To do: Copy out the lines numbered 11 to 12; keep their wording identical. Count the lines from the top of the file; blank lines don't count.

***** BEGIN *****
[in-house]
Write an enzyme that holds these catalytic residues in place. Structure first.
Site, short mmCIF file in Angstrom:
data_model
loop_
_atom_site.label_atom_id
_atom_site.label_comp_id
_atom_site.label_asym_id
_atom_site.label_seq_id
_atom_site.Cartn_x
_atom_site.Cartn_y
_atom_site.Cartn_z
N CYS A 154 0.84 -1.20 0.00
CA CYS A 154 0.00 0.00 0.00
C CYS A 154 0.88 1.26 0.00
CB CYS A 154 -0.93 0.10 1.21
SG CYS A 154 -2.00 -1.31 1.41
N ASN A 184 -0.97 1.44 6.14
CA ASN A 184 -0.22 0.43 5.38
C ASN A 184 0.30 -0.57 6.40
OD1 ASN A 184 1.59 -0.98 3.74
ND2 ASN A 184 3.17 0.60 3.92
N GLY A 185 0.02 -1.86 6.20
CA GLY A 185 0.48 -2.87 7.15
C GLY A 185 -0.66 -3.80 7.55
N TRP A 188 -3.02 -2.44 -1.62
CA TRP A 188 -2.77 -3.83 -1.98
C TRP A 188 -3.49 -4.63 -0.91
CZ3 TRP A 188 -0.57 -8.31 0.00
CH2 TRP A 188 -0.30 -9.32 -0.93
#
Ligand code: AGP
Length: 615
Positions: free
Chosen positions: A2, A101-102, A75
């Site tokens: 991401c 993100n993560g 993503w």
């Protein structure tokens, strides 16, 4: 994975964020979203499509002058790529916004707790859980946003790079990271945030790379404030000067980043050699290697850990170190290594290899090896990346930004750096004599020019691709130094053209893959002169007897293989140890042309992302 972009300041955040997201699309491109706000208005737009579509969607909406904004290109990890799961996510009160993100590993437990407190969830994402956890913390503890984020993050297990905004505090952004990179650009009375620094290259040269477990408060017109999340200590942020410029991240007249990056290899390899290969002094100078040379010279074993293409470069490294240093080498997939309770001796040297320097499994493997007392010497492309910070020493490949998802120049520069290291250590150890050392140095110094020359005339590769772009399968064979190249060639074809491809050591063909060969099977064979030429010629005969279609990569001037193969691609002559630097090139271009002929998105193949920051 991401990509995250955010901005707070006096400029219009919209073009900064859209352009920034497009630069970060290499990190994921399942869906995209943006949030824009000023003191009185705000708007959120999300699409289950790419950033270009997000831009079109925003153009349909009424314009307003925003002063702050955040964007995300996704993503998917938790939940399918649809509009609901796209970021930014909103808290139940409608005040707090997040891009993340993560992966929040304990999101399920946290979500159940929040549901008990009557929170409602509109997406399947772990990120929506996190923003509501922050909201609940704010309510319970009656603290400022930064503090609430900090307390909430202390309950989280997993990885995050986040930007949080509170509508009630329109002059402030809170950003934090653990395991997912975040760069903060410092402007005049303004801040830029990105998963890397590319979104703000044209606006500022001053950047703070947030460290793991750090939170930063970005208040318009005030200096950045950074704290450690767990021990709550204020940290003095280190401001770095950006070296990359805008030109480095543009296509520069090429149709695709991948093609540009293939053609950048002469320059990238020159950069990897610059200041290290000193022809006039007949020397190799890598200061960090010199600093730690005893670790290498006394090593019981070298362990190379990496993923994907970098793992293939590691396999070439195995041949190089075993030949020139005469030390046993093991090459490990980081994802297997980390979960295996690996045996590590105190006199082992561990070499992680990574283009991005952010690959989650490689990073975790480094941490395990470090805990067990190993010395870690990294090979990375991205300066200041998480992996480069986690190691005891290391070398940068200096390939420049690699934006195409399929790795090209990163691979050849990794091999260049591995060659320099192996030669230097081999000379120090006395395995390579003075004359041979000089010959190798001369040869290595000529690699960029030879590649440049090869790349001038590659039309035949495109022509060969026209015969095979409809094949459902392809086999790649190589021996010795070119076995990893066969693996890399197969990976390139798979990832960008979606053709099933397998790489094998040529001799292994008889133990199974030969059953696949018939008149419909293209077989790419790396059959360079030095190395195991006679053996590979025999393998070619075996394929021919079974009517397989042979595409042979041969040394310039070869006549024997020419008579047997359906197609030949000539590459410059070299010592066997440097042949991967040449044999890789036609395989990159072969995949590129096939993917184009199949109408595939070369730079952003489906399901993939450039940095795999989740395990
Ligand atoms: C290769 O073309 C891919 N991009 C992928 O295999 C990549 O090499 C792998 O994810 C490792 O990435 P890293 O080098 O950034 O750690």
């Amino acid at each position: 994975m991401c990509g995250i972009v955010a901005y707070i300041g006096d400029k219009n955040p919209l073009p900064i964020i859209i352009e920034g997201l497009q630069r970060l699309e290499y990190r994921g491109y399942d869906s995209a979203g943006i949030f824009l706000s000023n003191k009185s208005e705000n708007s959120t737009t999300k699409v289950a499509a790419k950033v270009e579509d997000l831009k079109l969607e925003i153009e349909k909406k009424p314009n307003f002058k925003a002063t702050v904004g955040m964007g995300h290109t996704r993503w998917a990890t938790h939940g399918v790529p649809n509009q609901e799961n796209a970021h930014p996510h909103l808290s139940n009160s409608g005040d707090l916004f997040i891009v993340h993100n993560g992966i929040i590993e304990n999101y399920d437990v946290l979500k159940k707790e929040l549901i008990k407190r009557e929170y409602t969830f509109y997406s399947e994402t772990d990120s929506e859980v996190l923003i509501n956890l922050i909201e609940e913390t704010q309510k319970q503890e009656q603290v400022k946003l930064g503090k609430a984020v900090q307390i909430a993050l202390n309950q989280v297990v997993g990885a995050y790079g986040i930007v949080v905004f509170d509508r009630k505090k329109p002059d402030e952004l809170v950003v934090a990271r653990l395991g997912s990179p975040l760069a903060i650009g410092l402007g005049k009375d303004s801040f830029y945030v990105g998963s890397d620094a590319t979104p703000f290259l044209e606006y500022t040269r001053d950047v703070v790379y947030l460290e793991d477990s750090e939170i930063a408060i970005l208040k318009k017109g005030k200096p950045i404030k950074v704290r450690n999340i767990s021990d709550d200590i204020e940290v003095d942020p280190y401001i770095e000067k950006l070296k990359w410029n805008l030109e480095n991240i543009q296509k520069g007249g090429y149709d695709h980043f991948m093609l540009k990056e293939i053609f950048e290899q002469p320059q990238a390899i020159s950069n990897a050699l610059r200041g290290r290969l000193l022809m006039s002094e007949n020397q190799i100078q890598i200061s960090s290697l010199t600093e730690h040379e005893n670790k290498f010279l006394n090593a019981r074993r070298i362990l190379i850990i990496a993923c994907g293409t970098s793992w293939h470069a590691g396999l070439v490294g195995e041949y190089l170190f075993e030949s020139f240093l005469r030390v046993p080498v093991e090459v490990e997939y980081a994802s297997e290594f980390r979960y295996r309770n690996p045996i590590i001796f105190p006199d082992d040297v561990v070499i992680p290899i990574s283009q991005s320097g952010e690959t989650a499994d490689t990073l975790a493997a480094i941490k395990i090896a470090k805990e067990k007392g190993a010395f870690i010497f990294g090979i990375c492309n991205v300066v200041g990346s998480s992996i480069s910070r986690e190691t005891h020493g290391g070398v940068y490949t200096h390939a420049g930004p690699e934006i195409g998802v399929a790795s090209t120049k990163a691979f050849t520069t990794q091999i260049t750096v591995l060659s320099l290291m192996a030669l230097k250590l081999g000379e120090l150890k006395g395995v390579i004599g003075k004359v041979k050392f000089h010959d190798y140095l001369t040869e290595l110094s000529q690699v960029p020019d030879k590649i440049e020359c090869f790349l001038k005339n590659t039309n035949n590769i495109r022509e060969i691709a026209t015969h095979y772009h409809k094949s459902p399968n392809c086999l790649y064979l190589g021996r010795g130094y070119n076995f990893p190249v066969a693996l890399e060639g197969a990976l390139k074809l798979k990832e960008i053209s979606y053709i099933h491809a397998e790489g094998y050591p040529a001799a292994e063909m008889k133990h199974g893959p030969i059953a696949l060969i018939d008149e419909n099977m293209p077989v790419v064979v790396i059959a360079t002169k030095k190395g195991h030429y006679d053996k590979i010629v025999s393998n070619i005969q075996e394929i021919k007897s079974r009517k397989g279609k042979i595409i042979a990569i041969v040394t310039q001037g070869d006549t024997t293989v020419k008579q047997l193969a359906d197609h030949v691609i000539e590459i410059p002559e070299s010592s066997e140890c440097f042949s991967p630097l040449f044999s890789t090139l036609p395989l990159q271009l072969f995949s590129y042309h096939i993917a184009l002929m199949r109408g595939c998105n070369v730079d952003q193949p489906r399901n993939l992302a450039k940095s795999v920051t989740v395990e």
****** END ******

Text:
_atom_site.Cartn_y
_atom_site.Cartn_z